There are many negative effects of climate on Pakistan. Here, we will discuss the catastrophic effects of climate change on Pakistan. So first analyze the present climate situation in Pakistan.
Climate Change & its Disastrous Effects on Pakistan
At present most of the cities and villages of the country are in the grip of a heatwave. In some areas of Sindh, the temperature has reached 50 degrees, while Sibi, Jacobabad, Dadu, Larkana, Sukkur, and Karachi. The possibility is also being shown, all the cities and villages of Punjab are also in the grip of heat.
Our tragedy is that most people in Pakistan do not believe in climate change. The link between individual events and climate change needs to be made part of the collective consciousness, along with concerns about environmental catastrophe.
In fact, due to global warming, sea-level rise causes low pressure, which stops sea breezes from coming towards the city, and due to low pressure, wind from Balochistan and Sindh plains starts moving towards the sea touching Karachi. Makes the heatwave more serious.
During this time load shedding is common due to an increase in power consumption and after which water does not come into high-rise buildings, therefore heatwaves in Karachi become more serious. The water of the Ravi River, which flows through Lahore, is extremely cold in summer because of the melting of glaciers.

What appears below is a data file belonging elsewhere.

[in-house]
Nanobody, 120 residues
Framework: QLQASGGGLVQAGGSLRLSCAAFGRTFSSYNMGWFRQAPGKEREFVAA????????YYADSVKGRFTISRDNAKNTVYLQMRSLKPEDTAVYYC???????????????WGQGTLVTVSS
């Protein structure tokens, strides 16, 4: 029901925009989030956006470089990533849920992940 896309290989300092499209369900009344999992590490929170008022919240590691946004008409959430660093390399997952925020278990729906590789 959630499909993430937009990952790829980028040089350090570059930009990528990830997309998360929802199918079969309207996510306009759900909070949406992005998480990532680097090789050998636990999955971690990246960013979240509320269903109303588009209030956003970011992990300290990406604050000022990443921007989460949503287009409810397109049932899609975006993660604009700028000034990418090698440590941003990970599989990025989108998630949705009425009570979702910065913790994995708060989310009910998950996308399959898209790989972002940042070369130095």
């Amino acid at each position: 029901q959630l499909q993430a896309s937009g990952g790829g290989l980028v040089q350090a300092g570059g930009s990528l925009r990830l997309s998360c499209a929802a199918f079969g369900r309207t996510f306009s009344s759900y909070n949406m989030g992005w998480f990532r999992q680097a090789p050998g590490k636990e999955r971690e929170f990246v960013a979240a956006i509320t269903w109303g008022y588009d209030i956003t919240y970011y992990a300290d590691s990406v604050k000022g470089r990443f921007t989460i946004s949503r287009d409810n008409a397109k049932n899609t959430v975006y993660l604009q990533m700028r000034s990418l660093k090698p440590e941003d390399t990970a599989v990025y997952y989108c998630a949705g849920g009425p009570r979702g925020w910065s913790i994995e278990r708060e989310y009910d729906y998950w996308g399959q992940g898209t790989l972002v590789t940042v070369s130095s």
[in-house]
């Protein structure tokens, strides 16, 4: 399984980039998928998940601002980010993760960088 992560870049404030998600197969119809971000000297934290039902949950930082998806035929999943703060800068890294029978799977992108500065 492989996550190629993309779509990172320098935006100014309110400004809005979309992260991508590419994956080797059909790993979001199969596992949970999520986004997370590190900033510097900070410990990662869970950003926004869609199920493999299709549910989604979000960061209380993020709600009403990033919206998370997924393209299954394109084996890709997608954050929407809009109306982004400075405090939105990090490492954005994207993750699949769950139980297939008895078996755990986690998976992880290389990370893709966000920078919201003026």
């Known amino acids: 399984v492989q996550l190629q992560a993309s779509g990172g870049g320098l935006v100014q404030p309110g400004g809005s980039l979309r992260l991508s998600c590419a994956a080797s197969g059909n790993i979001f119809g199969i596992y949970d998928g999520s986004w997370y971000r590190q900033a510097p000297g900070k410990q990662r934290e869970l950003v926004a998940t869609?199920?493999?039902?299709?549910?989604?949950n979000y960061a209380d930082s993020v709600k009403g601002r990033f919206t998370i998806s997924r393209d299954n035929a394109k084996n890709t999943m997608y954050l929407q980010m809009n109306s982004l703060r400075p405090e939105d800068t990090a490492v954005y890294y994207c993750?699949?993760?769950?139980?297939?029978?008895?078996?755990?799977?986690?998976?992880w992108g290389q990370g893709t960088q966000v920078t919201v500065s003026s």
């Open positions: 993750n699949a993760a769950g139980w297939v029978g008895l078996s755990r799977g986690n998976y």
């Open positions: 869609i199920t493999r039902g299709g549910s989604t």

On those hot and sunny days, the river used to be full of water and due to this the weather of Lahore city used to be much better but now it is not like that. The city of Lahore is also in the grip of intense heat and sun these days due to deforestation.
Heatwave is considered a major threat to Pakistan. Jacobabad is being rated as “the hottest city in Asia” and “one of the hottest cities in the world”, while the heatwave that hit Karachi in 2015 broke all previous records.
During the summer of 2015, the temperature in Karachi reached 49 degrees Celsius. Officially, 1,200 people were killed during the heatwave, according to welfare agencies. Pakistan’s coastal cities are suffering from the unfortunate combination of the failure of city governments and climate change, but those living near Islamabad seem to be facing a different situation.
Now let’s talk about what the experts and climate scientists saying about the disastrous climate change.
Experts say that global warming is many times more dangerous and it is the first problem of all humanity. We cannot turn a blind eye to this serious problem. Drinking water is running low. The water is getting polluted, the air is getting polluted, and the number of cars has tripled in the last twenty years.